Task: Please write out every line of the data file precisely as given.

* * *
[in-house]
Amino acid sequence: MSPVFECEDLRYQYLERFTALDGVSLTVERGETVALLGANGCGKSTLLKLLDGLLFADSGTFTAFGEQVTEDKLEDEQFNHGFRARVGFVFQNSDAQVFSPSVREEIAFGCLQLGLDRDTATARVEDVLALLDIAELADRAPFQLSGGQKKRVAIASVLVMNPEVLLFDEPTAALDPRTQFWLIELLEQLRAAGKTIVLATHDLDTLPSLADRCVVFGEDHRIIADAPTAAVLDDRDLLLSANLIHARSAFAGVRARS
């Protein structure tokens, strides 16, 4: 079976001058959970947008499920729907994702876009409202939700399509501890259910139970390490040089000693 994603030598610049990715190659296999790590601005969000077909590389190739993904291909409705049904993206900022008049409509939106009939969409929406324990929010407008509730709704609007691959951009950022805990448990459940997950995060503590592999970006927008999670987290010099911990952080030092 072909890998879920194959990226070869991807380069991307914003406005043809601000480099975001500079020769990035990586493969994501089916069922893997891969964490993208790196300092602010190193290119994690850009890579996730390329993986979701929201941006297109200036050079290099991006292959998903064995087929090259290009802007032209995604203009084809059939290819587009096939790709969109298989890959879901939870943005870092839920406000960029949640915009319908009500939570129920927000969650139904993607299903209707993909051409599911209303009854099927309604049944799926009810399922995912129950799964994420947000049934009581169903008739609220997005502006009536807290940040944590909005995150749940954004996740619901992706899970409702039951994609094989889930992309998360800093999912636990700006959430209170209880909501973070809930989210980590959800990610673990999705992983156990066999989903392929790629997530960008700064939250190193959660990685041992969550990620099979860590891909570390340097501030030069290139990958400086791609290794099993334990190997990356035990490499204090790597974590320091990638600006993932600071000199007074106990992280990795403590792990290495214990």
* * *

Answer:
[in-house]
Amino acid sequence: MSPVFECEDLRYQYLERFTALDGVSLTVERGETVALLGANGCGKSTLLKLLDGLLFADSGTFTAFGEQVTEDKLEDEQFNHGFRARVGFVFQNSDAQVFSPSVREEIAFGCLQLGLDRDTATARVEDVLALLDIAELADRAPFQLSGGQKKRVAIASVLVMNPEVLLFDEPTAALDPRTQFWLIELLEQLRAAGKTIVLATHDLDTLPSLADRCVVFGEDHRIIADAPTAAVLDDRDLLLSANLIHARSAFAGVRARS
């Protein structure tokens, strides 16, 4: 079976001058959970947008499920729907994702876009409202939700399509501890259910139970390490040089000693 994603030598610049990715190659296999790590601005969000077909590389190739993904291909409705049904993206900022008049409509939106009939969409929406324990929010407008509730709704609007691959951009950022805990448990459940997950995060503590592999970006927008999670987290010099911990952080030092 072909890998879920194959990226070869991807380069991307914003406005043809601000480099975001500079020769990035990586493969994501089916069922893997891969964490993208790196300092602010190193290119994690850009890579996730390329993986979701929201941006297109200036050079290099991006292959998903064995087929090259290009802007032209995604203009084809059939290819587009096939790709969109298989890959879901939870943005870092839920406000960029949640915009319908009500939570129920927000969650139904993607299903209707993909051409599911209303009854099927309604049944799926009810399922995912129950799964994420947000049934009581169903008739609220997005502006009536807290940040944590909005995150749940954004996740619901992706899970409702039951994609094989889930992309998360800093999912636990700006959430209170209880909501973070809930989210980590959800990610673990999705992983156990066999989903392929790629997530960008700064939250190193959660990685041992969550990620099979860590891909570390340097501030030069290139990958400086791609290794099993334990190997990356035990490499204090790597974590320091990638600006993932600071000199007074106990992280990795403590792990290495214990």